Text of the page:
by Sharon Tucker
All the motives for murder are covered by four Ls: Love, Lust, Lucre, and Loathing.”
It was the 80s. If you were there, you remember the fall of the Berlin Wall, big hair, Laura Ashley prints, Reagan, peg trousers, Chernobyl, the first personal computers, Thatcher, and the rise of technology. It was all this and the debut of Val McDermid’s Lindsay Graham novels, that intrepid Scottish reporter turned detective, who helped us respect the reality of journalists writing the same story differently for different audiences, different papers. I read these books and realized that I had more insight into how newspaper writers, as well as prosecutors and defense lawyers, could bear to associate with each other; it has to do with mindset, altruism in chopping through ambiguity and honesty about the unlovely in us, then moving on to the next day’s work. We first met freelance reporter Lindsay Graham in Report for Murder (1987), worked with her through a career crisis in Common Murder (1989), and saw her come into her own as a professional detective in Final Edition (1991).
None of us can describe jobbing tabloid journalist Lindsay Graham and the setup of Report for Murder as succinctly as does McDermid herself in her first paragraph:
“How could a cynical socialist lesbian feminist journalist be on her way to spend a weekend in a girls’ public school?”
Graham is there for love and friendship’s sake, of course. She has come down from Glasgow to write an article about the upcoming Derbyshire House Girls’ School fundraiser that stars one of its most illustrious alums, Lorna Smith-Couper, a renowned cellist, all for Oxford friend Paddy Callaghan. How pleasant that the article will pay well, too. Among the first of many surprises in the novel is that Lorna Smith-Couper is so worthy of universal dislike. Another is that she has thus far avoided being murdered. Someone soon dies, however, an innocent takes the blame and one wonders how our protagonist can possibly escape death herself as the novel moves toward its end. (If you were guessing Lucre is the prime motive for the murder, you would be warm.)
Common Murder finds Graham roughing it in the midst of a women’s peace camp protesting outside an American missile base in the English countryside. Local residents have taken great exception to the women’s presence and one very vocal resident has accused one of the women of assault. As fate would have it, the accused is a former lover of Graham’s. As she examines the inciting incidents and the persons involved, Graham is as surprised as everyone else is when the most unpleasant local around is murdered, and it is hardly surprising that one of the peace camp women is suspected and arrested. Think “Loathing” and you still may not guess who the perpetrator turns out to be nor the turn events take concerning Graham as the novel comes to its end.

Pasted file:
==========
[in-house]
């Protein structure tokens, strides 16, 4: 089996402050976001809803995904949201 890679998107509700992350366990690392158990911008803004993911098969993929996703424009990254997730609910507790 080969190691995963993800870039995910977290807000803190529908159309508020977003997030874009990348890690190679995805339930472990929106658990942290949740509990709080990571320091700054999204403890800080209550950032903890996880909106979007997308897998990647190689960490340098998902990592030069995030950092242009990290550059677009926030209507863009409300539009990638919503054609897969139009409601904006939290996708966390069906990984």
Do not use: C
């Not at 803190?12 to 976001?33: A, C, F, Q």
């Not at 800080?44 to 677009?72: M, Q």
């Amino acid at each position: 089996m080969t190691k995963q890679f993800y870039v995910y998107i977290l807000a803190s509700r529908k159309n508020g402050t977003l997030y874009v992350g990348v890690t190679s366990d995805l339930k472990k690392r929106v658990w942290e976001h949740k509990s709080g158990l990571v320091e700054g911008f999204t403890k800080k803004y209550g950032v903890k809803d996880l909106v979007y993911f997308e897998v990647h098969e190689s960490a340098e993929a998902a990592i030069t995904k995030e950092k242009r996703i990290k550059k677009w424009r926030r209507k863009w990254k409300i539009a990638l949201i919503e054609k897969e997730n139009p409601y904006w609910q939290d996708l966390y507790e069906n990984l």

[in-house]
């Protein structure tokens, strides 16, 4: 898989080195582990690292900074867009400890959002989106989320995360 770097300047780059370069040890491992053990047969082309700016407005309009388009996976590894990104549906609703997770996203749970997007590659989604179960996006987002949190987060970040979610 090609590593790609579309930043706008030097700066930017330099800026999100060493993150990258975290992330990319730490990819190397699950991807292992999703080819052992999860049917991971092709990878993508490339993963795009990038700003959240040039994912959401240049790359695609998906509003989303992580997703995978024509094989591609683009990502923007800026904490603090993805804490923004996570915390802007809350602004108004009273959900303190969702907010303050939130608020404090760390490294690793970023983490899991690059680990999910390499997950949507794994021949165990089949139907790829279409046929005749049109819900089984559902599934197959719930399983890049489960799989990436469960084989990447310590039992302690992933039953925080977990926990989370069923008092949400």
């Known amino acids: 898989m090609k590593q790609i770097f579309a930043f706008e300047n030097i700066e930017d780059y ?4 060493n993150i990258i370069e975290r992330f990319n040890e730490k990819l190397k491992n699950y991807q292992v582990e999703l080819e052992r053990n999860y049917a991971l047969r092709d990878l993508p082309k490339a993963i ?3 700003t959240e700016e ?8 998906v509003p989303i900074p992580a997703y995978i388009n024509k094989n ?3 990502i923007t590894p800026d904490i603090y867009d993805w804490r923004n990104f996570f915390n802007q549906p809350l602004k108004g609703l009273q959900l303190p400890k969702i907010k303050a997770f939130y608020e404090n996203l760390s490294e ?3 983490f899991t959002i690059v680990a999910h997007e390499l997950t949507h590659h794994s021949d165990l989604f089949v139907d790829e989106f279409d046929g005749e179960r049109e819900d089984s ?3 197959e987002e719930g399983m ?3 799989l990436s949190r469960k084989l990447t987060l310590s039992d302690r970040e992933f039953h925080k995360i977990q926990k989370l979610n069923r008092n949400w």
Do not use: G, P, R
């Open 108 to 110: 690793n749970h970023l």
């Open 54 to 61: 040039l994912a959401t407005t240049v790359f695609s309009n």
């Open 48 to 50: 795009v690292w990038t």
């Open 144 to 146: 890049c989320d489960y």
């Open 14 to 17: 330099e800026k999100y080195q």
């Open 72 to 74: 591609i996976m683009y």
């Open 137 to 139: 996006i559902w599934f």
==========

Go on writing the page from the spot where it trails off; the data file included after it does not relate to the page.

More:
Final Edition’s murder is a fait accompli as we begin, and our Graham is more at loose ends than usual, having been in Venice for months as a direct result of the consequences that ended the previous novel. When she does come back to Glasgow, she finds her romantic circumstances have changed, she has no job at all and one of her long-time friends is serving time for having murdered another of her long-time friends because of a plethora of circumstantial evidence. An intriguing wrinkle in the investigation pushes Graham in a stunning direction that makes the worst kind of sense, and I still feel guilty that I so wanted it not to be true. Alas it was. Unlovely. Unvarnished. Loathsome. Very believable and totally McDermid.
I do not think one can find better crime writing than Val McDermid’s. Her plots are intriguingly convoluted, and her characters infuriate while engendering the reader’s respect. As an added bonus, many of her characters are so deeply Scottish that I never fail to come away from reading her with new insight into that national character whose history with their southern neighbors, the British, is checkered, to say the very least. True, she faces criticism for excessive violence, especially in her Tony Hill/Carol Jordan series, and I would be the first to agree that the places she takes the reader are very dark indeed. However, I have found nothing gratuitous in what she has written that I have read, and I am grateful that she is so very prolific because I relish being changed by what I read. Read her. Start with the Lindsay Graham books if you are squeamish and build up a tolerance for the truth as it is and not as we would have it. She is far from cozy, but she is honest, intelligent, and she does not look away. We need her help to not look away either.
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Thanks for the review. Author sounds fascinating. Thanks for the chance to win! faithdcreech at gmail dot com